|09-12-2012 05:12 PM|
sbnova. If you look in the top left corner of all posts you'll see a date on it.
This thread is 3 years old. Likely the problem was solved a long time ago.
|09-12-2012 04:13 PM|
|sbnova||If you have a flex fan try a solid 5 blade fan. It solved my problem in my sbc. I could idle all day at 180 as soon as i got on the road the temp shot to 210 and up. Changed the fan and the engine wont go over 180.|
|09-01-2009 12:11 PM|
Thank you for the post. I did not know how it works. I now understand why we need t-stats now. I am going in for a tune-up at a local hot rod shop. I will post the out come and how well the truck performs.
I am having second thoughts on the torque converter that was chosen for me. I will post about that later today, because I do not believe this application is correct for the driving I want to do.
|08-31-2009 06:57 PM|
Not exactly. Even without the t-stat, pressure will develop. The reason for pressure ais basically to crank up the boiling point of the coolant's water base. For every 1 psi pressure increase, the boiling point goes up 3.25 *F. What running without a t-stat does is allows too much flow through both the rad and the engine. This prevents heat saturation of the coolant. The coolant does not stay in contact with the heat bearing areas of the engine long enough to absorb enough heat energy, and then does not stay in the rad long enough to transfer any heat energy to the airflow through the core. This causes a compounded effect of some heat removed from the engine, but not enough released to atmosphere. You then end up with overheat, as well as localized hot spots in the engine.
|08-31-2009 11:57 AM|
Less tha 13volts at the battery really screws up the gage readings as well.
low voltage/bad connection will show a high temp (in my case 30*)
It will also cause a low oil pressure reading (as much as 20#)
I spent 2 years beating on an overheat condition that was really just a bad alternator.
My 454 in the 59 ---base timing at 18*
|08-31-2009 10:28 AM|
I had pulled out the t-stat that morning, but I did not run it. Someone knew what I was thinking. So that night I went and reinstalled the t-stat. I figured that the t-stat was not the problem and It would not fix it . The timing and the jets in to be adjusted to work together.
|08-31-2009 10:08 AM|
|sunsetdart||Running without a t-stat with a water based coolant is a no-no, ...reason why is that a water based coolant needs to develop pressure for it to work properly. Without the t-stat the system does not get up to the correct pressure.|
|08-31-2009 09:20 AM|
Yes here are the updates. The first thing is the timing was retarded. I advanced the timing and the temp started to fall with in a minute or so. On the highway it was over 230 degrees. It dropped down to 212 degrees. Still not happy with the results; I did a spark plug test. I ran the truck at 35 mph for a 1/2 mile and shut the engine off and coasted to a stop. Right there I pulled a plug from each side and found that it was still running to lean. I made an appointment to take it in to a Hot Rod shop where I live to have the jets changed. Out of the box there is no way that all these parts are going the be able to work together without being adjusted.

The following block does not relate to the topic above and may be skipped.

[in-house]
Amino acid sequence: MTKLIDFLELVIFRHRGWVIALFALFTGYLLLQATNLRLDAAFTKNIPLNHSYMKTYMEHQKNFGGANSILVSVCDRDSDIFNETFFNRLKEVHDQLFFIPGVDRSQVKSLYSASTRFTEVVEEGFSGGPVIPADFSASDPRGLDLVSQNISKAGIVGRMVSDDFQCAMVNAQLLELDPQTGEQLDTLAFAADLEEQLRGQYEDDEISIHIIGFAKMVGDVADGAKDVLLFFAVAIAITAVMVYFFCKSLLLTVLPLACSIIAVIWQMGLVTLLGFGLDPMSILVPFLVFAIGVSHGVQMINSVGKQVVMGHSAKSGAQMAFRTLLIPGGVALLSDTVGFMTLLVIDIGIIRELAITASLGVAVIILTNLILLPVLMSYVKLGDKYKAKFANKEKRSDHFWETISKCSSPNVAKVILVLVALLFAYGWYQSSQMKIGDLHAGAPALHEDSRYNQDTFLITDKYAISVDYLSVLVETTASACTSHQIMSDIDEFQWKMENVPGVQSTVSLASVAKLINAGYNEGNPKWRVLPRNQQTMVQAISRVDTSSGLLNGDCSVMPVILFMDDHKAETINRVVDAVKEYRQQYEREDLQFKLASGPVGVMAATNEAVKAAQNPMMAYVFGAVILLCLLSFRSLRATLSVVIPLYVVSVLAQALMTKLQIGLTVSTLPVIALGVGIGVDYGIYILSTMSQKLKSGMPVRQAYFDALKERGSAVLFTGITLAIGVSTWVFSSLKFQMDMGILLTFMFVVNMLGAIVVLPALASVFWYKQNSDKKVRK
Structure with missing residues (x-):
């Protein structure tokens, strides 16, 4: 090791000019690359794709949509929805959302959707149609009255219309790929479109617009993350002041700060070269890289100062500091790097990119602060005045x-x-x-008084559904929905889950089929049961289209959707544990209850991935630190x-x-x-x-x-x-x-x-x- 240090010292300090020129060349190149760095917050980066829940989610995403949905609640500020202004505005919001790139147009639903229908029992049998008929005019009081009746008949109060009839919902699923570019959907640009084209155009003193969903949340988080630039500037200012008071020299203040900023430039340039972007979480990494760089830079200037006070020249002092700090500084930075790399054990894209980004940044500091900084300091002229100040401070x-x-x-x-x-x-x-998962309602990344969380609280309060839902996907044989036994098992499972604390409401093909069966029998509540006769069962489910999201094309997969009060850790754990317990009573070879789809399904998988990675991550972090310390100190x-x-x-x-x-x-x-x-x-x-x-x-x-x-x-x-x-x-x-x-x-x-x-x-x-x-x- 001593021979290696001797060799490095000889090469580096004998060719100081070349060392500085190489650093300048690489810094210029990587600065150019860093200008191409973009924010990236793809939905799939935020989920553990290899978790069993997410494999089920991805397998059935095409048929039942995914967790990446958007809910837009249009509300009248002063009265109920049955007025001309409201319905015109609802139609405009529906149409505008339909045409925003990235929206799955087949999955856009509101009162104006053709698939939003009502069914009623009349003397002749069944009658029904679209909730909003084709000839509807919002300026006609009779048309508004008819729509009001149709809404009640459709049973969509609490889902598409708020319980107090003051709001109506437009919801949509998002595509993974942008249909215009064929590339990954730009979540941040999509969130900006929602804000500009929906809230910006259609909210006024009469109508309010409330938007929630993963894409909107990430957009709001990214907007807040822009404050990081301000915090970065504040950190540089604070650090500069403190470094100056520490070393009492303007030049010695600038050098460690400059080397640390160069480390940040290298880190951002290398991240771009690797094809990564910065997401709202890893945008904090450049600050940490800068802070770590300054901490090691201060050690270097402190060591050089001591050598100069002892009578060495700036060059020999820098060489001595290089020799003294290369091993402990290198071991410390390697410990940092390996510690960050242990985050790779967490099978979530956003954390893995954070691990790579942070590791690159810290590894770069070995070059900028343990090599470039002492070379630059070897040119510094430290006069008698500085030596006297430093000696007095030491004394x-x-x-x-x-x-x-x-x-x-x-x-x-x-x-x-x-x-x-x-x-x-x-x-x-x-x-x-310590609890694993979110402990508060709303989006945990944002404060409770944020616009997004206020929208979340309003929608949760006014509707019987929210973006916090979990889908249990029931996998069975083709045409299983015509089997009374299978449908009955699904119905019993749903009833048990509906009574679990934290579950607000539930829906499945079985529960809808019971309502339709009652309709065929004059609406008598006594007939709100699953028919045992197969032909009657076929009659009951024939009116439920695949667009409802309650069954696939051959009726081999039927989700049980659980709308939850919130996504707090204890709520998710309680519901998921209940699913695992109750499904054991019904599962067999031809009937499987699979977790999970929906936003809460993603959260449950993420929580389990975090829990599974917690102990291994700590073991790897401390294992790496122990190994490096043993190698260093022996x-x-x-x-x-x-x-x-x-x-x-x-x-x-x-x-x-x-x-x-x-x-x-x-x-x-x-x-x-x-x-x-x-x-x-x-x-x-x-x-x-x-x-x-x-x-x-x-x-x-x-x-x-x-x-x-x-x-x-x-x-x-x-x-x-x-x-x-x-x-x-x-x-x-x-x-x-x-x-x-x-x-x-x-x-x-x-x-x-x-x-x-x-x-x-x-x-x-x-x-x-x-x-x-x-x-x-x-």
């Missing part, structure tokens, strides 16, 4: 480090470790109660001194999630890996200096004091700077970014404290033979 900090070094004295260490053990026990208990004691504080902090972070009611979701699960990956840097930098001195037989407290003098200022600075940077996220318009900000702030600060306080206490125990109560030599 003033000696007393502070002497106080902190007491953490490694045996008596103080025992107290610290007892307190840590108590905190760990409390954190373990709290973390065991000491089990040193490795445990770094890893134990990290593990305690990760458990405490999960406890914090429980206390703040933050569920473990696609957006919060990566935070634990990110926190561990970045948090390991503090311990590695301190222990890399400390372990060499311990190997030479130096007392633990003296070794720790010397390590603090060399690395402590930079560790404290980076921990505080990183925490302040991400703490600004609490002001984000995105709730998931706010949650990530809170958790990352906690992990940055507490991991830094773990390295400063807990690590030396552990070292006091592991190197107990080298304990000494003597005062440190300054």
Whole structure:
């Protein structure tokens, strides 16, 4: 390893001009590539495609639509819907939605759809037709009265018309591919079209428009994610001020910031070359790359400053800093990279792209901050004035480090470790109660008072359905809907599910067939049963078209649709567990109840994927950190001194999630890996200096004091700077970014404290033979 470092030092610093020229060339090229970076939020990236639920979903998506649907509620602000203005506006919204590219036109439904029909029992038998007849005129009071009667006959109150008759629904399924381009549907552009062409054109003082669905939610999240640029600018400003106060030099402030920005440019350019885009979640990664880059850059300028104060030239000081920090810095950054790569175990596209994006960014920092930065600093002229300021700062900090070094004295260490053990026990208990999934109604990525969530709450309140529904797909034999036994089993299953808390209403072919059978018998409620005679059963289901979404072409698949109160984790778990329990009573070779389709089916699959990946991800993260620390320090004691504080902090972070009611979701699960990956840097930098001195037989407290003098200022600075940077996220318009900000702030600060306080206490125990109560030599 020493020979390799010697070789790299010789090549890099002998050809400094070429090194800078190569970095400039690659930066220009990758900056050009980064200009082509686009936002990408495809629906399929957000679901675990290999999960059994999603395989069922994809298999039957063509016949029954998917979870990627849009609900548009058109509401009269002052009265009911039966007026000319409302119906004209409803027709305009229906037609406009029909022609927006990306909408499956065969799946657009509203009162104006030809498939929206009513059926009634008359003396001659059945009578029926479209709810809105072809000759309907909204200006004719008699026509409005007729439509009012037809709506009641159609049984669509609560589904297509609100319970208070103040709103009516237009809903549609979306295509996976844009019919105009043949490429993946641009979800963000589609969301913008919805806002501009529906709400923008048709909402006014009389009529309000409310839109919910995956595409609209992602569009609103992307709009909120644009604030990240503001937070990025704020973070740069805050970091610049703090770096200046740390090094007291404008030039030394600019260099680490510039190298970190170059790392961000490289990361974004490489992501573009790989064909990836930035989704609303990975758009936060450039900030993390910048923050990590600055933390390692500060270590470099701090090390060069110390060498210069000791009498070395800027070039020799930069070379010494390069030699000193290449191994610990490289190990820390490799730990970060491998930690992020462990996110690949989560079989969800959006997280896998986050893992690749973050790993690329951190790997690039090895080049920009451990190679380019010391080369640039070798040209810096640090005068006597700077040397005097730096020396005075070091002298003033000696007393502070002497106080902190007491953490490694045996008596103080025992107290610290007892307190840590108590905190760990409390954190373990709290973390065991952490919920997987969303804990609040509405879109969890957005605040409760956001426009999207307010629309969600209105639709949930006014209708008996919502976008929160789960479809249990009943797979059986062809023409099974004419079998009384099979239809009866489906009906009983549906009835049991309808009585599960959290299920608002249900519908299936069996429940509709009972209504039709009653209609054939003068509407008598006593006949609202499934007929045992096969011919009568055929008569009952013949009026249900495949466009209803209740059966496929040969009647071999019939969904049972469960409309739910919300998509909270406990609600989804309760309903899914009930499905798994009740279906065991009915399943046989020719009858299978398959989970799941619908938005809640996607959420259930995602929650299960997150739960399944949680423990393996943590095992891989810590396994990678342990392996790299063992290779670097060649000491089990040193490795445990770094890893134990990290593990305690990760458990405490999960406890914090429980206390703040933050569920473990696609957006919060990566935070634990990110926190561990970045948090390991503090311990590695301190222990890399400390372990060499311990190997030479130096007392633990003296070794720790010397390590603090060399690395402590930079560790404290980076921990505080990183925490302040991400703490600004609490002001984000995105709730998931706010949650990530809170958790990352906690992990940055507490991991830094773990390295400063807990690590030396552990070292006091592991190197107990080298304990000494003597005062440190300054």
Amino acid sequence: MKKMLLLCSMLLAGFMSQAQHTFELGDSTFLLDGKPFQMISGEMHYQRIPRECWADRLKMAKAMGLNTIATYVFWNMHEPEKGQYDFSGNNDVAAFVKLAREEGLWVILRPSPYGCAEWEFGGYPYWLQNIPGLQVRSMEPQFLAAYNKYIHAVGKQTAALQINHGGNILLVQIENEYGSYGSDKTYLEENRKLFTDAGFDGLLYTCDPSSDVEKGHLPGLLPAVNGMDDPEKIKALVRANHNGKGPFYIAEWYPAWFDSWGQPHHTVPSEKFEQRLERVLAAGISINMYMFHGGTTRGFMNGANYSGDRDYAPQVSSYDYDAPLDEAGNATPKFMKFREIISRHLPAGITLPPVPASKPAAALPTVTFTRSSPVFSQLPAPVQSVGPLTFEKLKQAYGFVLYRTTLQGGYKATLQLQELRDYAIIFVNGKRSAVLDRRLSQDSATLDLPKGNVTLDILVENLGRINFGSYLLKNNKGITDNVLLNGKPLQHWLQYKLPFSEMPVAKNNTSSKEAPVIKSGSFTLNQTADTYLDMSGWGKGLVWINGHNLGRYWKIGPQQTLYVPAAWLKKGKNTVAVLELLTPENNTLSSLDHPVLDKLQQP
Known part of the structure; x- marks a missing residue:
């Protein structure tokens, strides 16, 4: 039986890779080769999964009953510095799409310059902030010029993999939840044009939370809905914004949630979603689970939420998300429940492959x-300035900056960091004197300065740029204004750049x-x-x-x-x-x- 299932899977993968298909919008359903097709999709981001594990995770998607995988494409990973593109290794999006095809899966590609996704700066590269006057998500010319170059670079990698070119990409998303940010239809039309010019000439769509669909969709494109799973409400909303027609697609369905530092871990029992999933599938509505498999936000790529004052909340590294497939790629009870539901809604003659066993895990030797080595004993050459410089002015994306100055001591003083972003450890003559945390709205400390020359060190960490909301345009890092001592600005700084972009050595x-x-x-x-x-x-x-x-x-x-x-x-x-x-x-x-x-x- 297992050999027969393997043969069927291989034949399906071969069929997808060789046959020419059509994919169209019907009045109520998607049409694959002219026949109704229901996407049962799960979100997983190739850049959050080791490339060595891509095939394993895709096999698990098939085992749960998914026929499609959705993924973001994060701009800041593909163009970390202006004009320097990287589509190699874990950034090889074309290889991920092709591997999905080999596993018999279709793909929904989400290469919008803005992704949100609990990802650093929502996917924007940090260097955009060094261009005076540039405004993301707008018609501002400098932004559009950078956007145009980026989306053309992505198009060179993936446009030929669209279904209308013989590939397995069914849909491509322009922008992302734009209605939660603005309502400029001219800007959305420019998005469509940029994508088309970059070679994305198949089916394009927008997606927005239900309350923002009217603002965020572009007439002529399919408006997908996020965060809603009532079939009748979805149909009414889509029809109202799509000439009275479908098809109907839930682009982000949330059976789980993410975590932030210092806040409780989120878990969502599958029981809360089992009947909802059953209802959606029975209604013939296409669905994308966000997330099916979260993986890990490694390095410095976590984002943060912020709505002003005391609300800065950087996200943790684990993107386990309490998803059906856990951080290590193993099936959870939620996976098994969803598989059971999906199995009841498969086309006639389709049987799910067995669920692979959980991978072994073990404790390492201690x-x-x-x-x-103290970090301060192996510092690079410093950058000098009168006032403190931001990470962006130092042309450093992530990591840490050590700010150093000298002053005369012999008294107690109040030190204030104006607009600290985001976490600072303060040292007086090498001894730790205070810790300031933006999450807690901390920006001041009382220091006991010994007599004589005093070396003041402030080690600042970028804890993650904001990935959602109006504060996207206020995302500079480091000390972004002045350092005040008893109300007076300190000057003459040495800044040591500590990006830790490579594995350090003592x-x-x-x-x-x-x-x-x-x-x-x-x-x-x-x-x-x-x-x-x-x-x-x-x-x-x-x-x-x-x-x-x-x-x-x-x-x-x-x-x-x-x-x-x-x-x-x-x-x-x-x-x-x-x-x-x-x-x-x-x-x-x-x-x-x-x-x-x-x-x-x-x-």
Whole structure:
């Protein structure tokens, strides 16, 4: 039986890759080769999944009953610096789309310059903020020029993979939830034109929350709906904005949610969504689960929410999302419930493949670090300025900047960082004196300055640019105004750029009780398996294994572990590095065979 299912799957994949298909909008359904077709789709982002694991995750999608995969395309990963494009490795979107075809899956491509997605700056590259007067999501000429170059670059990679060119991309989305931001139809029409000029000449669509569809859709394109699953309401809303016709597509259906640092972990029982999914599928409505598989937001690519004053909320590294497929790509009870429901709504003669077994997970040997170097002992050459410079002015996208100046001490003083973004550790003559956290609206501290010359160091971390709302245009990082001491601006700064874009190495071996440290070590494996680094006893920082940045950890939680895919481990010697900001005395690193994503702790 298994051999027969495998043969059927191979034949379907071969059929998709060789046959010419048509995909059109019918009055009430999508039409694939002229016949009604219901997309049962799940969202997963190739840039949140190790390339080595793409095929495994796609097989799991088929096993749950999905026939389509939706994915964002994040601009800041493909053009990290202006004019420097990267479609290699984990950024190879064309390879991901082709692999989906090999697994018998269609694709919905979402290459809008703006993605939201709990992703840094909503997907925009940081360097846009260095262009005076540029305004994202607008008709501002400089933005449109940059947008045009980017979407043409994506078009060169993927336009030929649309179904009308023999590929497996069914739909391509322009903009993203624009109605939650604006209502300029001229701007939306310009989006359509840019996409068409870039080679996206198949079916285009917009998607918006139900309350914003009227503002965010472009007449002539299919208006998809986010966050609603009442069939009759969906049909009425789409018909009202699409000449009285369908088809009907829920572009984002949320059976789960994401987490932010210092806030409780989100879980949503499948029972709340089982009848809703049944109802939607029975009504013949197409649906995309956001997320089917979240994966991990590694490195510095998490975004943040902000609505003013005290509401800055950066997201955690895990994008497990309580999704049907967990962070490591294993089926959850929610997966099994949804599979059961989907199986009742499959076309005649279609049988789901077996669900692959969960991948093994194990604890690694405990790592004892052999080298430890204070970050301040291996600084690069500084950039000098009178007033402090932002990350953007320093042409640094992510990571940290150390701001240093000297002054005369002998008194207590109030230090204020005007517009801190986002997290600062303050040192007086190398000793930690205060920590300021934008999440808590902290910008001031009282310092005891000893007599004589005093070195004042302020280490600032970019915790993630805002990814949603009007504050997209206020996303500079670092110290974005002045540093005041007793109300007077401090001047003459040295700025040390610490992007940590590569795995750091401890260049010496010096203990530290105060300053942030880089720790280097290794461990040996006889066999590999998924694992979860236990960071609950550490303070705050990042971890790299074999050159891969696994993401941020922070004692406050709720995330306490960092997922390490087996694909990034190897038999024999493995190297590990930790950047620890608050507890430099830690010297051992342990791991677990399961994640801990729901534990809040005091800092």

I did go to a car show this weekend. I had to set in line for about an hour. The temp stayed at 183 degrees and it was 102 outside. Advancing the timing really helped. I will have it tuned and I believe it will solve a lot of problems
Thanks for the help, I needed it.
|08-29-2009 11:49 AM|
|08-28-2009 03:39 PM|
1. it gets engine up to operating temp faster
2.it also acts as a restrictor of sorts.
if coolant flows too fast it wont absorb the heat effectivly.
you can also have a faulty thermostat.
I cant remember how many I took back for not opening all the way.
I would test it in boling water to see if it opens fully.
but i suspect that your fans dont have a good shroud.
but alas ol DAWG knows where to get good one fairly cheap.
check them out here.
|08-28-2009 02:43 PM|
That is a possibility. I will check it tonight. I have made notes of all the suggestions and I will keep everyone informed of the end result. This is how we learn.
|08-28-2009 02:32 PM|
Running hot at highway speed is indicative of a radiator problem ( discounting an engine problem) . Either it's too small or air flow through it is insufficient. Perhaps your electic fans are restricting air flow too much.
|08-28-2009 02:13 PM|
The truck is a 67 ford pickup. The radiator should cool up to 700 hp. It is from BeCool. The front of those trucks can except a lot of air flow. In town at slower speeds I run the fans, and it runs around 200. As soon as I run it at 50-60 mph the temp starts to climb. I manually keep the fans on and I have shut them off, and there is no change. I am beginning to think this is a timing problem. I will set the timing tonight and check the plugs for how lean it is running.
Running without the t-stat??
|08-28-2009 01:43 PM|
What is this engine installed to? Many custom installations in classic 1920s thru early 1940s bodies have trouble flowing enough air thru the core at speed. Especially prevalent with open hood installations where the air flow finds it easier to go around the radiator core than thru it, this problem only gets worse as speed goes up and mysteriously goes away at idle when the fans are effective.
My first guess would be the aluminum radiator is either insufficient in size or has an inability to keep air passing thru it as speeds go up.
|08-28-2009 01:41 PM|
|kirkschopped67||Yes it is.|
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